“On the larger scale, however, things have improved enormously in London. In the space of twenty years or so, London has acquired an interesting skyline, for one thing. It isn’t that it has a huge number of tall buildings, but that the tall buildings it has are distributed over a wide area. They don’t jostle for attention, as in most cities, but stand alone so that you can admire them in isolation, like giant pieces of sculpture. It’s a brilliant stroke. Now you get memorable views from all kinds of places – from Putney Bridge, from the Round Pond at Kensington Gardens, from platform 12 at Clapham Junction – where there never used to be views at all. Scattered skyscrapers also have the incidental benefit of spreading prosperity. A new skyscraper in central London just adds more bodies to crowded streets and Underground stations, but a big new building in Southwark or Lambeth or Nine Elms gives a jolt of economic input that can lift whole neighbourhoods, create demand for bars and restaurants, make them more desirable places to live or visit.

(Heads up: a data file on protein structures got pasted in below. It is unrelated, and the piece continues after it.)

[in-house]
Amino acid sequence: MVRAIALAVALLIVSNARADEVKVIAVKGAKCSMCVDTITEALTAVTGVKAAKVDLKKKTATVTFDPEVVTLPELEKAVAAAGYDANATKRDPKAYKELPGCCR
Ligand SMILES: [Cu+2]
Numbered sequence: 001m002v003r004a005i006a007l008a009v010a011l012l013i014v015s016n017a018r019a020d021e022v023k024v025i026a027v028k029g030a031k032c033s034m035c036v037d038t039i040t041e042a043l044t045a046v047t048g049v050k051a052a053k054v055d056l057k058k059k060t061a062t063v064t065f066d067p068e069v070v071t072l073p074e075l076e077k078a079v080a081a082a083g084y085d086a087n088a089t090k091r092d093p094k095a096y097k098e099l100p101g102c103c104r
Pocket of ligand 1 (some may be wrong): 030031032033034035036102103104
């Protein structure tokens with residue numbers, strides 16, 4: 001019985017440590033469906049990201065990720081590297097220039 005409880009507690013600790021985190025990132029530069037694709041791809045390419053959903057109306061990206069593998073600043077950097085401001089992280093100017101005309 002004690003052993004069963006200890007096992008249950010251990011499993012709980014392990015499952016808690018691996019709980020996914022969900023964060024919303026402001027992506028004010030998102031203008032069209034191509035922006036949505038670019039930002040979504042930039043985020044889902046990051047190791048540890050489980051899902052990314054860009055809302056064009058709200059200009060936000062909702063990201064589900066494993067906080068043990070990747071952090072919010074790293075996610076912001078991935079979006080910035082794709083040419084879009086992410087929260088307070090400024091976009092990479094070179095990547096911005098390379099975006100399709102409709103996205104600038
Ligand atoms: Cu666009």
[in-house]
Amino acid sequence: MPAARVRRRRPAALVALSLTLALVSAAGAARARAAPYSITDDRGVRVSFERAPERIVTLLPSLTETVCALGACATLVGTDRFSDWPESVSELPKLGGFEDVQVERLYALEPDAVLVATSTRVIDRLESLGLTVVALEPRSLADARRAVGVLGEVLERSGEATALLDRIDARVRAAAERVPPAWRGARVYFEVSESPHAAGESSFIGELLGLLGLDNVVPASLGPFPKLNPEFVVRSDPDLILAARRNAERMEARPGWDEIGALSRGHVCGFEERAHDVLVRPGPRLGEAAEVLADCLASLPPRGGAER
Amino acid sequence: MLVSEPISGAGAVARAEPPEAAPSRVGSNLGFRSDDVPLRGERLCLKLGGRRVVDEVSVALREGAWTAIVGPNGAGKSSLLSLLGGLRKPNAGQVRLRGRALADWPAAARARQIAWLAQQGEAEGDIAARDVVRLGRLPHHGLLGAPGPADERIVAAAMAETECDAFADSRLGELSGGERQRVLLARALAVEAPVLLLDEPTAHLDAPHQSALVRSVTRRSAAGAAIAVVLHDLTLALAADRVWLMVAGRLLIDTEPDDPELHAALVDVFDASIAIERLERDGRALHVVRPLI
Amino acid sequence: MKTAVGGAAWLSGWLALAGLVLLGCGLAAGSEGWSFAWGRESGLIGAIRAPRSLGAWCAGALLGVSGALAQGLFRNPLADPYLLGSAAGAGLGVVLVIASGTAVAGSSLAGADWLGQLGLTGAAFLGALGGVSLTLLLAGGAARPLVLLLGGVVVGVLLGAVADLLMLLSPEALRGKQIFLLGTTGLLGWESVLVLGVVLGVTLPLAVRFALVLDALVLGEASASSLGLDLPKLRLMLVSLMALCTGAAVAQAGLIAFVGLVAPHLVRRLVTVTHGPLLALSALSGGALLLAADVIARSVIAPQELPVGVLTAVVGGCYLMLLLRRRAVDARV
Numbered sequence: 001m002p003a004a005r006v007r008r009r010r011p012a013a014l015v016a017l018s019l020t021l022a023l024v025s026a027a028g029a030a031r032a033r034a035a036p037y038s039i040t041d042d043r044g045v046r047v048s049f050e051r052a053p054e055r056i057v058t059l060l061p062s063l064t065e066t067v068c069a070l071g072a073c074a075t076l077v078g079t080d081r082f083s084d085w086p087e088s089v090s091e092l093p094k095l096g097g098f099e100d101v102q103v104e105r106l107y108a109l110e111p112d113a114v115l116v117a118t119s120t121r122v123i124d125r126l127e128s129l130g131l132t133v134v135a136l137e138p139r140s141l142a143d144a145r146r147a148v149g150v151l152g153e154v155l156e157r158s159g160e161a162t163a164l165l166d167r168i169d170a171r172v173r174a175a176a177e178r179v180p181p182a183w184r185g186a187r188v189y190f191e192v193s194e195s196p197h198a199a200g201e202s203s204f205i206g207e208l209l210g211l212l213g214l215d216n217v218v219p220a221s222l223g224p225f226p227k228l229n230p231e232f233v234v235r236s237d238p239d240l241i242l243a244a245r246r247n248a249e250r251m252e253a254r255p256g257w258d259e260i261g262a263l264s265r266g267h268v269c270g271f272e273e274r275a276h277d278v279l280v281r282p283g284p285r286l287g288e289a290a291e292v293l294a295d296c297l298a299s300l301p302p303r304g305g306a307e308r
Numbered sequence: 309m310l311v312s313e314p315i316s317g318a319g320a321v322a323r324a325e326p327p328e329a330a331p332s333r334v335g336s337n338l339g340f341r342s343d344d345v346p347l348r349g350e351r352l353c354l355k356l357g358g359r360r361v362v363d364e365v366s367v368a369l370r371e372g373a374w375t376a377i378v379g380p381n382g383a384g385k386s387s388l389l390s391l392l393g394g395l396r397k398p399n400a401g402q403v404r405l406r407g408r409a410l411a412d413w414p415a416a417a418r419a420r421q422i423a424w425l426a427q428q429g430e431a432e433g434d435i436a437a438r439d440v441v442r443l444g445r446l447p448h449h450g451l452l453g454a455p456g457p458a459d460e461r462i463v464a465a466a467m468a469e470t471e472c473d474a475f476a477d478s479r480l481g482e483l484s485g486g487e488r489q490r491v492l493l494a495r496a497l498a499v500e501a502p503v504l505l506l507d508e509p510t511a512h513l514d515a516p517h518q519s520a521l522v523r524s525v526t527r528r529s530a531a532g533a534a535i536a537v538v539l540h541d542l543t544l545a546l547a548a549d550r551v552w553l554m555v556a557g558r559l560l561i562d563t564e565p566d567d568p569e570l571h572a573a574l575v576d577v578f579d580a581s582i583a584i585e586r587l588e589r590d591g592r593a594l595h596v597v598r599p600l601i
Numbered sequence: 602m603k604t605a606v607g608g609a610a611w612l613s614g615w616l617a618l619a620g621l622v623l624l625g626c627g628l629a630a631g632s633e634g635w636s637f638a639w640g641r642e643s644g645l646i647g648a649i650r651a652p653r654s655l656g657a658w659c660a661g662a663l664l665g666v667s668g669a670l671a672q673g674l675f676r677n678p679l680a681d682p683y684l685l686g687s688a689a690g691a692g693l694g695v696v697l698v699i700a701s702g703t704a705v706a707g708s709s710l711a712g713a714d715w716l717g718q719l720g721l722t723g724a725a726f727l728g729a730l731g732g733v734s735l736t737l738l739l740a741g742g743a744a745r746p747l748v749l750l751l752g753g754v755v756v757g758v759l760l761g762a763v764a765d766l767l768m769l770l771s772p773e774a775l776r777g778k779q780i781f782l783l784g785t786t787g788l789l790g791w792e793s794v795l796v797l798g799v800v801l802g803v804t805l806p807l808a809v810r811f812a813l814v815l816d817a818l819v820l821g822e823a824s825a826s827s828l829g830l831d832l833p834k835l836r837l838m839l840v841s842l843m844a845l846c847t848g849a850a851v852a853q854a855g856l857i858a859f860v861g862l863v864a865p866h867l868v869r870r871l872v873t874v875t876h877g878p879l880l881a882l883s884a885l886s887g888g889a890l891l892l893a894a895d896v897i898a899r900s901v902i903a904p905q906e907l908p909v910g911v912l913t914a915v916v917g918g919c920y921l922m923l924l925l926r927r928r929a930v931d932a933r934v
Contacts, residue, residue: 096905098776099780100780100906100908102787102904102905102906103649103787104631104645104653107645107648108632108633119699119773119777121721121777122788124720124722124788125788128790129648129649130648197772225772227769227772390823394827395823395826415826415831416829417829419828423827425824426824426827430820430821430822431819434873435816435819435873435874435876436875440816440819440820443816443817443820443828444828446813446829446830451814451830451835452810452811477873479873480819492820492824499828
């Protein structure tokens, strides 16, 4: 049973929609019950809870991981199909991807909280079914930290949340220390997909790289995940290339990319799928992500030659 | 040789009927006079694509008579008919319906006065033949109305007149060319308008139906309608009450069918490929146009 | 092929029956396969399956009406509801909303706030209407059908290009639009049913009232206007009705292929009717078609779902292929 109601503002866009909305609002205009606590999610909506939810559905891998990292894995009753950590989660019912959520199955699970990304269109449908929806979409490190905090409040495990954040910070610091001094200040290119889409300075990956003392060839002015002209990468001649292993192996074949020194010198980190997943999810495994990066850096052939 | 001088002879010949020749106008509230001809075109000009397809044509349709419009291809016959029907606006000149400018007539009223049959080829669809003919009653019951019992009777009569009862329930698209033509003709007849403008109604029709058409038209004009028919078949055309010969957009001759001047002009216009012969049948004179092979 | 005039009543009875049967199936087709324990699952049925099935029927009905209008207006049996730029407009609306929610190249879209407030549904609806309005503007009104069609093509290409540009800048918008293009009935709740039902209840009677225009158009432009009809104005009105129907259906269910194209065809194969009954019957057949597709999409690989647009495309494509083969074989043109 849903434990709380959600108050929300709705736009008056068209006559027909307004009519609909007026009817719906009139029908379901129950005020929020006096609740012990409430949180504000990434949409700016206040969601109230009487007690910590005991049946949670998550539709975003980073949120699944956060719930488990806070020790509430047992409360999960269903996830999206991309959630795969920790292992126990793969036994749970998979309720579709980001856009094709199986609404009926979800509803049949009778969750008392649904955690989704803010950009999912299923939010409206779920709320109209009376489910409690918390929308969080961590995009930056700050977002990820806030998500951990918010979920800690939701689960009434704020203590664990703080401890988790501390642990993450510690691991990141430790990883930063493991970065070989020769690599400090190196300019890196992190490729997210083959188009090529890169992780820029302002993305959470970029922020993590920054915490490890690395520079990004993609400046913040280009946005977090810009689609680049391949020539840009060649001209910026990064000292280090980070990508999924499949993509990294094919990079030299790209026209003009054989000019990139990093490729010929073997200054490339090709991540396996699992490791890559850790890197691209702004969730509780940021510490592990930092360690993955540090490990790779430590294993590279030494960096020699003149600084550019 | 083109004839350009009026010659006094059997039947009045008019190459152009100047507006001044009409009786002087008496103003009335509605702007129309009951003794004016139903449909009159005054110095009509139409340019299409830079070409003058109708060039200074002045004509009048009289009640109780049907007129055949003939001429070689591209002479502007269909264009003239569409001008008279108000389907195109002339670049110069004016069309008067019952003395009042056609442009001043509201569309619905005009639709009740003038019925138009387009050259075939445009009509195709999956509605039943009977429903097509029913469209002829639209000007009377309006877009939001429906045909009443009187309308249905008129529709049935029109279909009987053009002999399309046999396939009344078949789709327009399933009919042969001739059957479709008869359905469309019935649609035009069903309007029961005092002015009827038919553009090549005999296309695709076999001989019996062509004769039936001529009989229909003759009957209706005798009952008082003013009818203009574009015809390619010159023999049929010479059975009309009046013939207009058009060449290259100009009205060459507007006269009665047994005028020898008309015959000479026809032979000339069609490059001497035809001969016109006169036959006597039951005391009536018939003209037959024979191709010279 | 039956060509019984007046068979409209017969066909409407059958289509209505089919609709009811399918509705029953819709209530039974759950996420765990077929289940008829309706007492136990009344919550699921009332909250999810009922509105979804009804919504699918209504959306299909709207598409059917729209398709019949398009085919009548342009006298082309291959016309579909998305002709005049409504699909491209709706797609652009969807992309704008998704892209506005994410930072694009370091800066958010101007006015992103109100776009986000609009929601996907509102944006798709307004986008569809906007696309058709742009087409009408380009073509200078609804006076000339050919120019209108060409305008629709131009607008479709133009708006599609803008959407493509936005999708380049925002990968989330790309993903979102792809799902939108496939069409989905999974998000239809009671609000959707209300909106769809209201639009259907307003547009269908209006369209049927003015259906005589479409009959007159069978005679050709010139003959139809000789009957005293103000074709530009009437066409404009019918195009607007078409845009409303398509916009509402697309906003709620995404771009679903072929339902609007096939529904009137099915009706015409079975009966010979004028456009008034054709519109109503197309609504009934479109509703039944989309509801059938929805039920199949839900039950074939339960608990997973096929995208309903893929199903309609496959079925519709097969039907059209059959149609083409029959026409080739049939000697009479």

None of this was precisely intended. It is the by-product of something called the London Plan, which decrees that tall buildings may not impinge on protected views. One such view is from a certain oak tree on Hampstead Heath. (Well, why not?) No one can build anything that interrupts the view from the tree to St Paul’s Cathedral or the Houses of Parliament. There is a similar view from Richmond Park, miles from the city – so far out that I didn’t even know you could see any of central London from there. London is criss-crossed by protected sightlines, which effectively requires tall buildings to be spaced out. It is a happy accident. But then that is London. It is centuries of happy accidents.
Thursday, March 1, 2018
It is centuries of happy accidents
From The Road to Little Dribbling: Adventures of an American in Britain by Bill Bryson. Page 62.